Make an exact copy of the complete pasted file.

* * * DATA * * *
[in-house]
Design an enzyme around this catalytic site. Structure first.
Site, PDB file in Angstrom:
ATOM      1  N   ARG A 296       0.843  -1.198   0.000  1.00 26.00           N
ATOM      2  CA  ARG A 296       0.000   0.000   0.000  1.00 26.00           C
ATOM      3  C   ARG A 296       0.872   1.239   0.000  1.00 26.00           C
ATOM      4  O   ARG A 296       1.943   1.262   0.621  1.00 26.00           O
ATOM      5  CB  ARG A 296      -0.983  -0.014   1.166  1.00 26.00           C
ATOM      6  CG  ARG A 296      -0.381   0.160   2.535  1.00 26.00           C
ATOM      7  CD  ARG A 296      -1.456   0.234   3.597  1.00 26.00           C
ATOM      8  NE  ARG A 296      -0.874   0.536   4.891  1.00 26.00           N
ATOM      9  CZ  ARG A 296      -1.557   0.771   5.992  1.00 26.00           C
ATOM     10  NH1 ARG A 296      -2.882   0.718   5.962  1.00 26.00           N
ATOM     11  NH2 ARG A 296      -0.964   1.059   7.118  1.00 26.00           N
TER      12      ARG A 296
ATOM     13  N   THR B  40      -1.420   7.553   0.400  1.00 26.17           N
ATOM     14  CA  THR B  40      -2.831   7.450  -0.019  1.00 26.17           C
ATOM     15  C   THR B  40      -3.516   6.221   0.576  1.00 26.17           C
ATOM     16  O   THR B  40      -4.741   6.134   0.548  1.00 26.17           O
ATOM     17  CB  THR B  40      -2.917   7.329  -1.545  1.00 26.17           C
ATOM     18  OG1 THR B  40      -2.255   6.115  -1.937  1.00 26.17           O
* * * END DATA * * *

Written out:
[in-house]
Design an enzyme around this catalytic site. Structure first.
Site, PDB file in Angstrom:
ATOM      1  N   ARG A 296       0.843  -1.198   0.000  1.00 26.00           N
ATOM      2  CA  ARG A 296       0.000   0.000   0.000  1.00 26.00           C
ATOM      3  C   ARG A 296       0.872   1.239   0.000  1.00 26.00           C
ATOM      4  O   ARG A 296       1.943   1.262   0.621  1.00 26.00           O
ATOM      5  CB  ARG A 296      -0.983  -0.014   1.166  1.00 26.00           C
ATOM      6  CG  ARG A 296      -0.381   0.160   2.535  1.00 26.00           C
ATOM      7  CD  ARG A 296      -1.456   0.234   3.597  1.00 26.00           C
ATOM      8  NE  ARG A 296      -0.874   0.536   4.891  1.00 26.00           N
ATOM      9  CZ  ARG A 296      -1.557   0.771   5.992  1.00 26.00           C
ATOM     10  NH1 ARG A 296      -2.882   0.718   5.962  1.00 26.00           N
ATOM     11  NH2 ARG A 296      -0.964   1.059   7.118  1.00 26.00           N
TER      12      ARG A 296
ATOM     13  N   THR B  40      -1.420   7.553   0.400  1.00 26.17           N
ATOM     14  CA  THR B  40      -2.831   7.450  -0.019  1.00 26.17           C
ATOM     15  C   THR B  40      -3.516   6.221   0.576  1.00 26.17           C
ATOM     16  O   THR B  40      -4.741   6.134   0.548  1.00 26.17           O
ATOM     17  CB  THR B  40      -2.917   7.329  -1.545  1.00 26.17           C
ATOM     18  OG1 THR B  40      -2.255   6.115  -1.937  1.00 26.17           O